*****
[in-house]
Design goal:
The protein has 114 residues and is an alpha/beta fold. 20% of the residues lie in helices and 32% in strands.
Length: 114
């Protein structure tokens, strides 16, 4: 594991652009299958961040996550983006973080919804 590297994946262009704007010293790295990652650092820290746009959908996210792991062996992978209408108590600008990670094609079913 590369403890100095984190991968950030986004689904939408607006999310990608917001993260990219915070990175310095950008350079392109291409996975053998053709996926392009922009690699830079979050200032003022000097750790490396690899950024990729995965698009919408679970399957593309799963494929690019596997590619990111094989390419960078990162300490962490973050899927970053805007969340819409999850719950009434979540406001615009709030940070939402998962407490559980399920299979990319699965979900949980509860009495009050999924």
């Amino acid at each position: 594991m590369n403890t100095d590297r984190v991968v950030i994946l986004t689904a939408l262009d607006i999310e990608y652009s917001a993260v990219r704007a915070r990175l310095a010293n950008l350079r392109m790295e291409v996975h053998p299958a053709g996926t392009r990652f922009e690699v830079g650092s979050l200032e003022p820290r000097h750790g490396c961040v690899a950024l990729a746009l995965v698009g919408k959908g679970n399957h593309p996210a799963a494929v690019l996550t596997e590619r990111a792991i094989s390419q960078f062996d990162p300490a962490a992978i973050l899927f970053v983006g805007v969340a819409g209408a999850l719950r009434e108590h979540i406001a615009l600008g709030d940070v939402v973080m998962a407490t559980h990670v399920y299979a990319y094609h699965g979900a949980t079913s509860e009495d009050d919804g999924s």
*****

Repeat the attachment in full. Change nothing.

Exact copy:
[in-house]
Design goal:
The protein has 114 residues and is an alpha/beta fold. 20% of the residues lie in helices and 32% in strands.
Length: 114
């Protein structure tokens, strides 16, 4: 594991652009299958961040996550983006973080919804 590297994946262009704007010293790295990652650092820290746009959908996210792991062996992978209408108590600008990670094609079913 590369403890100095984190991968950030986004689904939408607006999310990608917001993260990219915070990175310095950008350079392109291409996975053998053709996926392009922009690699830079979050200032003022000097750790490396690899950024990729995965698009919408679970399957593309799963494929690019596997590619990111094989390419960078990162300490962490973050899927970053805007969340819409999850719950009434979540406001615009709030940070939402998962407490559980399920299979990319699965979900949980509860009495009050999924």
């Amino acid at each position: 594991m590369n403890t100095d590297r984190v991968v950030i994946l986004t689904a939408l262009d607006i999310e990608y652009s917001a993260v990219r704007a915070r990175l310095a010293n950008l350079r392109m790295e291409v996975h053998p299958a053709g996926t392009r990652f922009e690699v830079g650092s979050l200032e003022p820290r000097h750790g490396c961040v690899a950024l990729a746009l995965v698009g919408k959908g679970n399957h593309p996210a799963a494929v690019l996550t596997e590619r990111a792991i094989s390419q960078f062996d990162p300490a962490a992978i973050l899927f970053v983006g805007v969340a819409g209408a999850l719950r009434e108590h979540i406001a615009l600008g709030d940070v939402v973080m998962a407490t559980h990670v399920y299979a990319y094609h699965g979900a949980t079913s509860e009495d009050d919804g999924s």